Michelangelo's 'David' emerges from the bath

Last summer a row erupted in Florence over the right way to clean Michelangelo's
David, possibly the most famous sculpture in the world.

Last summer a row erupted in Florence over the right way to clean Michelangelo's David, possibly the most famous sculpture in the world.

Yesterday, four months before his 500th birthday, the 16ft marble man emerged from his controversial bath, still streaked with the more stubborn stains accumulated during his 350 years spent in the open, but looking "more fluid, more consistent, more harmonious", according to curator Antonio Paolucci.

Italy's top sculpture restorer resigned in a huff last year when her "dry cleaning" approach to restoring the statue was scorned. International art historians demanded that nothing be done to the 16th-century masterpiece until a consensus was reached on the right way to do it. But the gallery authorities pressed ahead, and yesterday unveiled the result. "The David is exactly as we have always seen it. Its colour has not changed," said Mr Paolucci, superintendent of the Polo Museale Fiorentino, "Only someone with expert knowledge and a thorough and long familiarity with the 'skin' of the statue will be aware that certain aesthetically unattractive regularities are no longer there, that the accumulations of ingrained dirt have vanished, that everything today looks more fluid, more consistent, more harmonious."

The original restorer on the project, Agnese Parronchi, wanted to use only very small, very soft badger-hair brushes, cotton buds, rubber erasers and chamois cloths to ease off the grime that had accumulated since David's last clean-up, a bracing douche of hydrochloric acid in 1843.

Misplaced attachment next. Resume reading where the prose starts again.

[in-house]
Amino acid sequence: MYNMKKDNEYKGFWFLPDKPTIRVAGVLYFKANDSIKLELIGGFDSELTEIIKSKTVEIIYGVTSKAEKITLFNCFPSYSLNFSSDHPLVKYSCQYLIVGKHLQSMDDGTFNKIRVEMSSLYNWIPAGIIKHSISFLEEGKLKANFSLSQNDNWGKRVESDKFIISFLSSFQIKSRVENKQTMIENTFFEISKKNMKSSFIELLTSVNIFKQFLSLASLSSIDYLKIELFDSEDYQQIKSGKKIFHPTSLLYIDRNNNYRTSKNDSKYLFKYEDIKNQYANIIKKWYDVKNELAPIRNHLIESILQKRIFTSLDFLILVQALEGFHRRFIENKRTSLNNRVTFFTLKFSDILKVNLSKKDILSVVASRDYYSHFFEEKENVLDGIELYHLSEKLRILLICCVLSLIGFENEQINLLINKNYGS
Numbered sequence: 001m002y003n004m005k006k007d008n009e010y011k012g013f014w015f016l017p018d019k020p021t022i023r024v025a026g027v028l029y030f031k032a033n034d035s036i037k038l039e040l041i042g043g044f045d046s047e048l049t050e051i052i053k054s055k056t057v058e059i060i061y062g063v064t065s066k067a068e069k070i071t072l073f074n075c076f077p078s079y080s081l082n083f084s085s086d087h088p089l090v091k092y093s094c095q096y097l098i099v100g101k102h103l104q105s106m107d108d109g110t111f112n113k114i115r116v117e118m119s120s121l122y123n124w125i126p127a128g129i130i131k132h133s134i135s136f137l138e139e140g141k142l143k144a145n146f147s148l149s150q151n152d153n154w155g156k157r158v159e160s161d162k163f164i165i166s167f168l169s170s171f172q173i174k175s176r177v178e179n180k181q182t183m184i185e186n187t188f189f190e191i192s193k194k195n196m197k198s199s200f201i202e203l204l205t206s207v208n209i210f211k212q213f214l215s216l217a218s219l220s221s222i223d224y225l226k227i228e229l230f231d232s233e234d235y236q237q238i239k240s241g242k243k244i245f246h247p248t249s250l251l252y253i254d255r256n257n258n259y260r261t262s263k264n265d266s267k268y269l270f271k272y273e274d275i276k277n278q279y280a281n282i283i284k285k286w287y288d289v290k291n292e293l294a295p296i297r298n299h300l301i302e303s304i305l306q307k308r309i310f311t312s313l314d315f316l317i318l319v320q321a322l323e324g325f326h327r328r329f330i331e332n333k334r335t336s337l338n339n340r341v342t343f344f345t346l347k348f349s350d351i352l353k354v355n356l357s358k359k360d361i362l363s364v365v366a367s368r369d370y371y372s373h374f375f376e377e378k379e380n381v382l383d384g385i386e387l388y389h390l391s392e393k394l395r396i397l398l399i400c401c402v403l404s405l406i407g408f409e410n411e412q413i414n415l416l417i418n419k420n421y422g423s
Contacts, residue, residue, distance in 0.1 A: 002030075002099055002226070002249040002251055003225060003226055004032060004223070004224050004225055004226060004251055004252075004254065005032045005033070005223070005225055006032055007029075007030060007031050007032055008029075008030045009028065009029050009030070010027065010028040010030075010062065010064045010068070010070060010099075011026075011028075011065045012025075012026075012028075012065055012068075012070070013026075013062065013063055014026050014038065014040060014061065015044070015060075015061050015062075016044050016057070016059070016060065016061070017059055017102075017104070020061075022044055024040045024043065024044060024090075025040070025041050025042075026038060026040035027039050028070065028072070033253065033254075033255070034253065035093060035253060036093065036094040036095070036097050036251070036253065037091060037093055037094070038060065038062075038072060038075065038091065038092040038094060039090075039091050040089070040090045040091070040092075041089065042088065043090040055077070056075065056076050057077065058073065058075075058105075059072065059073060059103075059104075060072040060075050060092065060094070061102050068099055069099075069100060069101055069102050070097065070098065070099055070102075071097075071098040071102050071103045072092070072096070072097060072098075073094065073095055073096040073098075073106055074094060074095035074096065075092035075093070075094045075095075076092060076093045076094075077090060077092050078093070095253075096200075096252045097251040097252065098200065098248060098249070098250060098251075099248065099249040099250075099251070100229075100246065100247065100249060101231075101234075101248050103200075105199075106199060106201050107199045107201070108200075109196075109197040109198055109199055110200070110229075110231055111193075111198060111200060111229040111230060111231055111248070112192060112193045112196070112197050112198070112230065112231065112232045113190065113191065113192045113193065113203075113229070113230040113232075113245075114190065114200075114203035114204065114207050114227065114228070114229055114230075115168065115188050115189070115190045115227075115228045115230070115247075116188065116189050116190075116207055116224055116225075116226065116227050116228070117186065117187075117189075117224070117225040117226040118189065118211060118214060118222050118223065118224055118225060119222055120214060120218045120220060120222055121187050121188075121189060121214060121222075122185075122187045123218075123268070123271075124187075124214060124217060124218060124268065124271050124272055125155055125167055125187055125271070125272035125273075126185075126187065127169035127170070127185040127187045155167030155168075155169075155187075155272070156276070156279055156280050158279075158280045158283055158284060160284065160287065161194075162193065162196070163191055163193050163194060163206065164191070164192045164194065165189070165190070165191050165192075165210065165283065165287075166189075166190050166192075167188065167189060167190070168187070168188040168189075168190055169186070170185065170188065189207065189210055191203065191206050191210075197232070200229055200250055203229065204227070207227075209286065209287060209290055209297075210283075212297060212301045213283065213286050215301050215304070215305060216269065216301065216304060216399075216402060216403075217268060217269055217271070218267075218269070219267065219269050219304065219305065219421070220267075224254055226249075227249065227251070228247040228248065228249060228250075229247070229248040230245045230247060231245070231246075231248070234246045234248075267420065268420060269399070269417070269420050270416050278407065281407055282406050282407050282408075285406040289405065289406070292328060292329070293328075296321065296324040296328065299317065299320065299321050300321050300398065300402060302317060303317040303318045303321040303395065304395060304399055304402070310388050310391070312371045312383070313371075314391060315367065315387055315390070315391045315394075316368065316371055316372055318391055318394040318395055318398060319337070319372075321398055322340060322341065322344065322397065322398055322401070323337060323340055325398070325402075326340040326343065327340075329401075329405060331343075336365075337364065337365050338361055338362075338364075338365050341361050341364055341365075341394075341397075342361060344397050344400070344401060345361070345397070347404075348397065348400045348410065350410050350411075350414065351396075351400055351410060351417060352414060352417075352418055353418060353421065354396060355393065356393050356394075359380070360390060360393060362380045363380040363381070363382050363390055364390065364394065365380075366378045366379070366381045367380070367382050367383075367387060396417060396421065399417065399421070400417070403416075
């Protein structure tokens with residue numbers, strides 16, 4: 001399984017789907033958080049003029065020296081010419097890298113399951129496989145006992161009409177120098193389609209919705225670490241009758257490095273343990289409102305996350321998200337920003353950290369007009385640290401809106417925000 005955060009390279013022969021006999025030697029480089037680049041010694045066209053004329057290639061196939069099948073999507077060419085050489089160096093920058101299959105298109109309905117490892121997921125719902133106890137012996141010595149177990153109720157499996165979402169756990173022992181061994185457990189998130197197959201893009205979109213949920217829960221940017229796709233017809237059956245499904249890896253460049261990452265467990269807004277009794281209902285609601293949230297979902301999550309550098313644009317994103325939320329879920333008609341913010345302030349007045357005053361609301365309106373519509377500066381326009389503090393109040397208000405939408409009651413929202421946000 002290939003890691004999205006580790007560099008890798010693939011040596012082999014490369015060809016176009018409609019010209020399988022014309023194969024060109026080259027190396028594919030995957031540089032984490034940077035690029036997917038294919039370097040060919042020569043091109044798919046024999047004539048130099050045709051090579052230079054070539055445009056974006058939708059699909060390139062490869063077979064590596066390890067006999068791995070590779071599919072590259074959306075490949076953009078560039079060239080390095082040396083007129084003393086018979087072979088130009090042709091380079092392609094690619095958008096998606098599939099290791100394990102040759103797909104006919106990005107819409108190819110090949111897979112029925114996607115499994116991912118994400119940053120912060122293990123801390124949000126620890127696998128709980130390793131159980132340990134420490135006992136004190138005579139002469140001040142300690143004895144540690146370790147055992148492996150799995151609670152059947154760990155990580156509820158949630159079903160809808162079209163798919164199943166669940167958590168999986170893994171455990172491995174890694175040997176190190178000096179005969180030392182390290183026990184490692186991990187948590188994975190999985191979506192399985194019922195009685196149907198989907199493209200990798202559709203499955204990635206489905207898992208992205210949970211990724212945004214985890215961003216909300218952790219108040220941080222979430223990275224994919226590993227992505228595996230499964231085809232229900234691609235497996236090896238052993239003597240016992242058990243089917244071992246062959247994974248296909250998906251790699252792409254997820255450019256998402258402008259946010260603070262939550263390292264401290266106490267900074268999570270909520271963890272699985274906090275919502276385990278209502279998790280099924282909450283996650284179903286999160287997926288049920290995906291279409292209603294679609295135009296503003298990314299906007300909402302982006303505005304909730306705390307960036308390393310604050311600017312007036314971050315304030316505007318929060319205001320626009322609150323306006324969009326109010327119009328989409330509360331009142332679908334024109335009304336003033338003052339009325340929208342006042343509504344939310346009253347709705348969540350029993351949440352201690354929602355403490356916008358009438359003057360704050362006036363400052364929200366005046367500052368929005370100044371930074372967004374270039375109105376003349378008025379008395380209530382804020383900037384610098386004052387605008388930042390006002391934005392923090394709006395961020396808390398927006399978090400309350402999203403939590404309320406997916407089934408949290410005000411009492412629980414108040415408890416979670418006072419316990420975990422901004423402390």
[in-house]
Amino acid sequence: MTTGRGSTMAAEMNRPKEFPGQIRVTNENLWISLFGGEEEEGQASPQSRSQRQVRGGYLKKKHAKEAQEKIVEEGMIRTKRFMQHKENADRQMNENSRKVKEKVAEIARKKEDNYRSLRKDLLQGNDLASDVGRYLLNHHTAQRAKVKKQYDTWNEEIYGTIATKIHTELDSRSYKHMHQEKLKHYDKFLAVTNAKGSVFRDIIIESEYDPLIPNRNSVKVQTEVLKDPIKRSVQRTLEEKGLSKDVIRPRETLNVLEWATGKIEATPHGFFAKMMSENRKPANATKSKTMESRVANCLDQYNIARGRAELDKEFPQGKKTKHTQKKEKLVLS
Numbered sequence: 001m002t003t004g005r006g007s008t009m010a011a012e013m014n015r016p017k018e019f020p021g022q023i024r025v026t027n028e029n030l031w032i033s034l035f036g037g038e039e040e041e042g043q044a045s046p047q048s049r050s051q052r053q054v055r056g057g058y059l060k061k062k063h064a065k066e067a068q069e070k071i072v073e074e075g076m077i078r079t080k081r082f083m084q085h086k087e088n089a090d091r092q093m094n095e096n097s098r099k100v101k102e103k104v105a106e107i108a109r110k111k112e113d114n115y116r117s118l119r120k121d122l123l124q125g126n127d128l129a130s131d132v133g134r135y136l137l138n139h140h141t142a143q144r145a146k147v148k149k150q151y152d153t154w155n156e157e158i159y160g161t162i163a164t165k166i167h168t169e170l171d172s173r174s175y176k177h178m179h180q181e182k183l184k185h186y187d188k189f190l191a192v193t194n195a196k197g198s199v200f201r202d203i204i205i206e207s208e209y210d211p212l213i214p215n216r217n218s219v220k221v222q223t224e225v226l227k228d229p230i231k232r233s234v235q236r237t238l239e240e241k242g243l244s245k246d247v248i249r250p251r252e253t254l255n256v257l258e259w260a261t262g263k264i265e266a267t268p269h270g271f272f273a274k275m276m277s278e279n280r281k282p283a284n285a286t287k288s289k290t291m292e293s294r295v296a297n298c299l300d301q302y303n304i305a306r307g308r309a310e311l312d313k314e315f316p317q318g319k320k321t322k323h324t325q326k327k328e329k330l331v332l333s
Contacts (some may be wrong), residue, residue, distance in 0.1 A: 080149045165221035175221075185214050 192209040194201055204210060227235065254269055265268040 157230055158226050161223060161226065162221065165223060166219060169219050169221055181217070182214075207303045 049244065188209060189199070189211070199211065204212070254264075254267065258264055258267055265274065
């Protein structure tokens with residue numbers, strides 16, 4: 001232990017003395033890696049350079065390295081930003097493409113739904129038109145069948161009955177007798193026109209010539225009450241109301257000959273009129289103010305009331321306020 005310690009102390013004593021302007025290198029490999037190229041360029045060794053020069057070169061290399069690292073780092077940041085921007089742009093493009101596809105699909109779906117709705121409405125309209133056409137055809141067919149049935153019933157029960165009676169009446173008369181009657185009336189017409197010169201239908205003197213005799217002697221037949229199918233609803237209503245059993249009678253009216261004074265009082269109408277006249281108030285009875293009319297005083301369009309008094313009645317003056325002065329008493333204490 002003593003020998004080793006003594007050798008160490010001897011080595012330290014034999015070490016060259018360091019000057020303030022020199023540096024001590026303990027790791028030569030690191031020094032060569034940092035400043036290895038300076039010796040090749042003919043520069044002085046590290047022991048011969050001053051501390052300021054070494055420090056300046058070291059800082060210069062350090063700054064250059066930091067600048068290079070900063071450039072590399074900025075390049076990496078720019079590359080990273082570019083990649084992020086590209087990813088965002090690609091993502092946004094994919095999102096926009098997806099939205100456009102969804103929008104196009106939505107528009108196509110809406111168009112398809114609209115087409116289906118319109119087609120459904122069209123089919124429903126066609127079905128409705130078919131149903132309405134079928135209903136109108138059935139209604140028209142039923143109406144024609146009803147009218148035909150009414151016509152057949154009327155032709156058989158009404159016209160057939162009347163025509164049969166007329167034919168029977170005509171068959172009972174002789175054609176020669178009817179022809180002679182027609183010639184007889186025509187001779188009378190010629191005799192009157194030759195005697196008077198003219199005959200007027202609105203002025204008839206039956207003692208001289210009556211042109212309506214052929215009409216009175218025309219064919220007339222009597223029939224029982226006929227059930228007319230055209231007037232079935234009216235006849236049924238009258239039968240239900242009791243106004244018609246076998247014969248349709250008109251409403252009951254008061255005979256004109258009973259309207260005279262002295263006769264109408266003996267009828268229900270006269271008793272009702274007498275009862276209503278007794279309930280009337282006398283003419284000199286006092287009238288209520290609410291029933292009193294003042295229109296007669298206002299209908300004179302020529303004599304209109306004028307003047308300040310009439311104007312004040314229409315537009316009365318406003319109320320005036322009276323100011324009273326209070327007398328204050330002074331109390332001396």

But Ms Parronchi's method, it was said, could merely drive the grime further inside the marble's pores. Her bosses wanted her to use a newer, wet approach, by which distilled water and a compress of cellulose pulp and meerschaum clay are applied to parts of the statue through a sheet of rice paper, to gently soak out the dirt.

"If I use that method I'll end up with a hunk of marble in the shape of David," Ms Parronchi retorted, and took her tiny brushes elsewhere.

Ms Parronchi's position was supported byArtWatch International, which has campaigned against many recent efforts of what it calls "the restoration industry", including Leonardo's Last Supper and Michelangelo's frescoes in the Sistine Chapel, which have emerged startlingly brighter than before.

The founder of the group, James Beck, a Michelangelo expert who is professor of art history at Columbia University, said that David simply didn't need cleaning. "It's total cultural arrogance from the Florentine authorities," he said "The statue's skin should be allowed to age, almost organically. Instead, they are homogenising it."

But the Florence authorities ignored the protests and appointed another restorer, Cinzia Parnigoni, to do the job.

Yesterday the strain was clearly telling on Ms Parnigoni, who was close to tears during the presentation. "I have felt the weight of responsibility on my shoulders," she said. "It wasn't always easy to find the inner strength to carry out the restoration, but I felt the spirit of Michelangelo himself at my side."

Start your day with The Independent, sign up for daily news emails
ebooks
ebooksAn introduction to the ground rules of British democracy
Latest stories from i100
Have you tried new the Independent Digital Edition apps?
SPONSORED FEATURES
Independent Dating
and  

By clicking 'Search' you
are agreeing to our
Terms of Use.

iJobs Job Widget
iJobs General

Recruitment Genius: Personal Tax Senior